New smoke alarm and carbon monoxide detector regulations: an FAQ for landlords

The new regulations for smoke alarms and carbon monoxide detectors came into force on the 1st of October 2015. The government has published a handy FAQ for landlords...

Landlord Responsibilities

1. What do the regulations require?

Since October 2015, private rented sector landlords are required to have:

  • at least one smoke alarm installed on every storey of their rental property which is used as living accommodation, and
  • a carbon monoxide alarm in any room used as living accommodation where solid fuel is used

After that, the landlord must make sure the alarms are in working order at the start of each new tenancy.

2. Who is responsible for checking the required alarms are in working order?

The regulations require landlords to ensure alarms are installed in their properties with effect from 1 October 2015. After that the landlord (or someone acting on behalf of the landlord) must ensure all alarms are in working order at the start of each new tenancy.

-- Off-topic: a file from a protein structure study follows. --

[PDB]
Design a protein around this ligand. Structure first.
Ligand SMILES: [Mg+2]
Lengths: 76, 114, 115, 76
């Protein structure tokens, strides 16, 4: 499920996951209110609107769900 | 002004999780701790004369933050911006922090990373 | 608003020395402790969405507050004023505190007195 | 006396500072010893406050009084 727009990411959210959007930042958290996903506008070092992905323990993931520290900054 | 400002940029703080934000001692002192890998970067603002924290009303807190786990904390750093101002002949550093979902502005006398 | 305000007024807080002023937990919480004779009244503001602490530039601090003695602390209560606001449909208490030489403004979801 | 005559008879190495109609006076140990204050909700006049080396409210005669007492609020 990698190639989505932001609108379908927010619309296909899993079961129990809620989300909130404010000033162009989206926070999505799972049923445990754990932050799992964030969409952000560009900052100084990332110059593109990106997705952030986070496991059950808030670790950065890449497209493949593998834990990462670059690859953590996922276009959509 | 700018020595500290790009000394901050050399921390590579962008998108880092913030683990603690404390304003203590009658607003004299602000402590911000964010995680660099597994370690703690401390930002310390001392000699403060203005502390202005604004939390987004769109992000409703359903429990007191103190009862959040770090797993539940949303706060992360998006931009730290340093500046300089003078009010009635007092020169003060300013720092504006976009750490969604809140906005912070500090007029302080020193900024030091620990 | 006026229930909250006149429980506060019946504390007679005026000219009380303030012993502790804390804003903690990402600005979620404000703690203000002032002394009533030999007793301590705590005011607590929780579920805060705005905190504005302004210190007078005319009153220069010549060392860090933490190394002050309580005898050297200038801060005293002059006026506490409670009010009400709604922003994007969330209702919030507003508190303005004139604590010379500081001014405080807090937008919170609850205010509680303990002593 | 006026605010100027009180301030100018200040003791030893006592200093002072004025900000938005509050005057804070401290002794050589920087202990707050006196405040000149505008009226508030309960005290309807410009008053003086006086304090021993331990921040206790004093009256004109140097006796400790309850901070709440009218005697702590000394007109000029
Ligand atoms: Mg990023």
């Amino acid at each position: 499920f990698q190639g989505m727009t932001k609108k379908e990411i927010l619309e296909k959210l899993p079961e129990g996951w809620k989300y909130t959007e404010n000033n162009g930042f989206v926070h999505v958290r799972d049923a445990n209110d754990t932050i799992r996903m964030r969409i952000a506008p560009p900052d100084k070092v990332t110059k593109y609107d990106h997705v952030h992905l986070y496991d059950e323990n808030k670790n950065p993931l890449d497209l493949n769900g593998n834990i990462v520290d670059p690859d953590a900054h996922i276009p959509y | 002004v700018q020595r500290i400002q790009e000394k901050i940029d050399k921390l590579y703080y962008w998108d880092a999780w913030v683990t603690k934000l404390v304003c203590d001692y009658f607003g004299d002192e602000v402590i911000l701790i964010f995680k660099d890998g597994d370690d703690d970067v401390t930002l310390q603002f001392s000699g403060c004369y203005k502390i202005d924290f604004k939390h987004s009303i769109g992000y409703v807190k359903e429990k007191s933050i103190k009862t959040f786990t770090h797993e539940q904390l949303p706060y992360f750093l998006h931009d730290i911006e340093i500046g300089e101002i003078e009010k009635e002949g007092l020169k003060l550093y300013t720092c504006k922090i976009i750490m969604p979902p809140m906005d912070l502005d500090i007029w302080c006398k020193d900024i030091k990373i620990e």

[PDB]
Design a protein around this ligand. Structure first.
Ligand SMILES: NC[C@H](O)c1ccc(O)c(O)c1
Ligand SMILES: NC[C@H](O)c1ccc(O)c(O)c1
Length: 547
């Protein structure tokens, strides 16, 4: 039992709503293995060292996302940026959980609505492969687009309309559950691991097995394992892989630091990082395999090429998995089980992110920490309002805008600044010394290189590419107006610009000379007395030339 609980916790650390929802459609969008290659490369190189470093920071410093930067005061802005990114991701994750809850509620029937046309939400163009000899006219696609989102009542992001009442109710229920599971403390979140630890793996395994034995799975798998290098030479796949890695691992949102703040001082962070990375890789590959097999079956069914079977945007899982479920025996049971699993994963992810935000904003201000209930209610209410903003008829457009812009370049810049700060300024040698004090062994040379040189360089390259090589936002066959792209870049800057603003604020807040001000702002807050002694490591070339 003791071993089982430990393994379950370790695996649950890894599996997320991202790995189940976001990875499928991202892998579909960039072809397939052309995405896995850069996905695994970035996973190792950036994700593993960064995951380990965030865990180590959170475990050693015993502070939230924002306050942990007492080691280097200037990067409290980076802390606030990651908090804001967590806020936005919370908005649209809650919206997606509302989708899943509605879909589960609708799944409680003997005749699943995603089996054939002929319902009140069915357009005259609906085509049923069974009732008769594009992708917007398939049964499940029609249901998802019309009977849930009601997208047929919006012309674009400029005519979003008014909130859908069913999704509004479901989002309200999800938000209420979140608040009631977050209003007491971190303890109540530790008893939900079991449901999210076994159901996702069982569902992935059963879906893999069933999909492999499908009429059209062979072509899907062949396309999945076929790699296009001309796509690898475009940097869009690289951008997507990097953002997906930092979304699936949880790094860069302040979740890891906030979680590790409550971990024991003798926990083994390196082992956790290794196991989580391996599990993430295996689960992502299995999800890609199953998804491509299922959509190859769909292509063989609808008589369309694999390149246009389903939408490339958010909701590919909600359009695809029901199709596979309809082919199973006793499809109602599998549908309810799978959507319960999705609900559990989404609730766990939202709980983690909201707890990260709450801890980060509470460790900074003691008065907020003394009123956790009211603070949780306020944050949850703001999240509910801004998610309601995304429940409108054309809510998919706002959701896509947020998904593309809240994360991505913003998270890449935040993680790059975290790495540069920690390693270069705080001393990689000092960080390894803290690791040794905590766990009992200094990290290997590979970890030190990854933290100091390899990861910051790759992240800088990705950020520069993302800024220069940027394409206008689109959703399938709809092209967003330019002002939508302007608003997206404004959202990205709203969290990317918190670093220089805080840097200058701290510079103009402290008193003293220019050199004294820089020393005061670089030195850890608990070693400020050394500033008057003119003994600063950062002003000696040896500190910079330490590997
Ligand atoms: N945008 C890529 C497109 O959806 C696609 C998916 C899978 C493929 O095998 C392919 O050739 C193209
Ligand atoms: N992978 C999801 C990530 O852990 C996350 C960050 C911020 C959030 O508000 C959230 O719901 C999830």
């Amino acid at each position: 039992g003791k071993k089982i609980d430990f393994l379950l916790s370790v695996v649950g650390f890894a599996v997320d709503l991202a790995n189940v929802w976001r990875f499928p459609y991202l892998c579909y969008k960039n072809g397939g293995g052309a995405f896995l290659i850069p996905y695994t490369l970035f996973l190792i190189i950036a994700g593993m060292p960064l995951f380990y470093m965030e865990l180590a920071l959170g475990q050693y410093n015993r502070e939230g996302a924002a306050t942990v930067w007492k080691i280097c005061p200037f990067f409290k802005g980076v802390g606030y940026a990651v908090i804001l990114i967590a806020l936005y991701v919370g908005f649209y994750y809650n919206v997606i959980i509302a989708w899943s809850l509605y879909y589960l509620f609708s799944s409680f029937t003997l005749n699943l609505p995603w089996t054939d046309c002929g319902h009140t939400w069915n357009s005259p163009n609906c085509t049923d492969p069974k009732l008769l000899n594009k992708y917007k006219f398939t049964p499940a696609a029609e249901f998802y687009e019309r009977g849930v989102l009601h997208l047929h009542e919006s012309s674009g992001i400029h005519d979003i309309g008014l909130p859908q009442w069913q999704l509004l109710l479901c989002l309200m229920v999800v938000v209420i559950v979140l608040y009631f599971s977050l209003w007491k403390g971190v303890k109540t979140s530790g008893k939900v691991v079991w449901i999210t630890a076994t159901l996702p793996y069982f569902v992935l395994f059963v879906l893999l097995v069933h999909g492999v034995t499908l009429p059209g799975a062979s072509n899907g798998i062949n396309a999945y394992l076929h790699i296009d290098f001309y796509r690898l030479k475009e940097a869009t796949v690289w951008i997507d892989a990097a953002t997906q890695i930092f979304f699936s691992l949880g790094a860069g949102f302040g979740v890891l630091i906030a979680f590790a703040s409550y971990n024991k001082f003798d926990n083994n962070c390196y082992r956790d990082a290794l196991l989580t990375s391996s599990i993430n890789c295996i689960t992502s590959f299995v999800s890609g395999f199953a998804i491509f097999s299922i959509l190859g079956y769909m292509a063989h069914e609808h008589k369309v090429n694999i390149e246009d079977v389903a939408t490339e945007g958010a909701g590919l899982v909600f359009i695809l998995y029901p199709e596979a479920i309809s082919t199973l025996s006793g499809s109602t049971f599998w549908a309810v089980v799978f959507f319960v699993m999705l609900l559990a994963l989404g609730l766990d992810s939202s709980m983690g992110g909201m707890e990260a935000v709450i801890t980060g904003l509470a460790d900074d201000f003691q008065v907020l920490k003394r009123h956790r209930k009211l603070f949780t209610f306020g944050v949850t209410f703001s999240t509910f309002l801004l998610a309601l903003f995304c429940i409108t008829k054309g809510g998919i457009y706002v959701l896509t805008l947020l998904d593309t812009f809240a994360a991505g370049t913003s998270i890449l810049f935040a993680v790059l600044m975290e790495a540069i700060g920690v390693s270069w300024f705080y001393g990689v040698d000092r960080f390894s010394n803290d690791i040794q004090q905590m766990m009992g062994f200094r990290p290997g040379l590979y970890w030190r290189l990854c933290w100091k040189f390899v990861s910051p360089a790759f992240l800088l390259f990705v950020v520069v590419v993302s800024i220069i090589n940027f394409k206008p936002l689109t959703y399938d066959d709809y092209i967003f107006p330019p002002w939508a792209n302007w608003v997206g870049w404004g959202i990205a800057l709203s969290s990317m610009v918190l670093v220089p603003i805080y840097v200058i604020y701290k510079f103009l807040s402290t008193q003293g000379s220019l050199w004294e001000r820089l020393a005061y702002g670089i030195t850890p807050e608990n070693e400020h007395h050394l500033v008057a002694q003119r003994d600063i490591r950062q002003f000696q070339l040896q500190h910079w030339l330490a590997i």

After the landlord’s test on the first day of the tenancy, tenants should take responsibility for their own safety and test all alarms regularly to make sure they are in working order. Testing monthly is generally considered an appropriate frequency for smoke alarms.

If tenants find that their alarm(s) are not in working order during the tenancy, they are advised to arrange the replacement of the batteries or the alarm itself with the relevant landlord.

3. Is there a ‘grace’ period for landlords?

Landlords are expected to be compliant from 1 October 2015 when the regulations came into force. There is no grace period after this date to install the required alarms.

4. When must the alarms be checked?

For each new tenancy beginning on or after 1 October 2015, landlords must check that the required alarms are in working order on the first day of the tenancy. The first day of the tenancy is the date stipulated in the tenancy agreement, even where the tenant decides to actually move into the property on a later date.

The intention of the regulations is to increase the safety of private sector tenants by ensuring that they have working alarms at the beginning of the tenancy.